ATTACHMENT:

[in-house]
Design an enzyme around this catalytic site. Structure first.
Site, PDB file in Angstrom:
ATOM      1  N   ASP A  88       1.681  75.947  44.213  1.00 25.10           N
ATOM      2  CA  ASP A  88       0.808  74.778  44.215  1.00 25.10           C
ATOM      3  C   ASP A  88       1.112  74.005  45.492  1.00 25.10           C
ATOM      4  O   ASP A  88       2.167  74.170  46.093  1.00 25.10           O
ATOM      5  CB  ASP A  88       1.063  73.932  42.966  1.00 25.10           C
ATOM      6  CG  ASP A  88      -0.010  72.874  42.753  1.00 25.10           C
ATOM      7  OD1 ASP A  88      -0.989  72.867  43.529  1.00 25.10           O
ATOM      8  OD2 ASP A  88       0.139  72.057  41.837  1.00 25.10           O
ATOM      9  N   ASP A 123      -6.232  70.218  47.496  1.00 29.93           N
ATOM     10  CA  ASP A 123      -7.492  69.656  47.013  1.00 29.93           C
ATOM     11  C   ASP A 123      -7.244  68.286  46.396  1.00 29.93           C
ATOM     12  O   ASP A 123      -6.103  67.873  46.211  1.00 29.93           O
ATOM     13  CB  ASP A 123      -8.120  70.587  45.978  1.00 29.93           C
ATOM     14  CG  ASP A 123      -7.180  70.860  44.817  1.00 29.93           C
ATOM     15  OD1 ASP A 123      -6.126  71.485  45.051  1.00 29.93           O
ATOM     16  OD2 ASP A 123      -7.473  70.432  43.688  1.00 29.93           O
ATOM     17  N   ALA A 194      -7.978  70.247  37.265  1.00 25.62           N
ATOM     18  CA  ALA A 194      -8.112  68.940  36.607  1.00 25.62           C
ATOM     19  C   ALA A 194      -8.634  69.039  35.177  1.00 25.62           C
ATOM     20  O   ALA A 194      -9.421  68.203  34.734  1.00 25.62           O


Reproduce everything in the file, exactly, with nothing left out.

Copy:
[in-house]
Design an enzyme around this catalytic site. Structure first.
Site, PDB file in Angstrom:
ATOM      1  N   ASP A  88       1.681  75.947  44.213  1.00 25.10           N
ATOM      2  CA  ASP A  88       0.808  74.778  44.215  1.00 25.10           C
ATOM      3  C   ASP A  88       1.112  74.005  45.492  1.00 25.10           C
ATOM      4  O   ASP A  88       2.167  74.170  46.093  1.00 25.10           O
ATOM      5  CB  ASP A  88       1.063  73.932  42.966  1.00 25.10           C
ATOM      6  CG  ASP A  88      -0.010  72.874  42.753  1.00 25.10           C
ATOM      7  OD1 ASP A  88      -0.989  72.867  43.529  1.00 25.10           O
ATOM      8  OD2 ASP A  88       0.139  72.057  41.837  1.00 25.10           O
ATOM      9  N   ASP A 123      -6.232  70.218  47.496  1.00 29.93           N
ATOM     10  CA  ASP A 123      -7.492  69.656  47.013  1.00 29.93           C
ATOM     11  C   ASP A 123      -7.244  68.286  46.396  1.00 29.93           C
ATOM     12  O   ASP A 123      -6.103  67.873  46.211  1.00 29.93           O
ATOM     13  CB  ASP A 123      -8.120  70.587  45.978  1.00 29.93           C
ATOM     14  CG  ASP A 123      -7.180  70.860  44.817  1.00 29.93           C
ATOM     15  OD1 ASP A 123      -6.126  71.485  45.051  1.00 29.93           O
ATOM     16  OD2 ASP A 123      -7.473  70.432  43.688  1.00 29.93           O
ATOM     17  N   ALA A 194      -7.978  70.247  37.265  1.00 25.62           N
ATOM     18  CA  ALA A 194      -8.112  68.940  36.607  1.00 25.62           C
ATOM     19  C   ALA A 194      -8.634  69.039  35.177  1.00 25.62           C
ATOM     20  O   ALA A 194      -9.421  68.203  34.734  1.00 25.62           O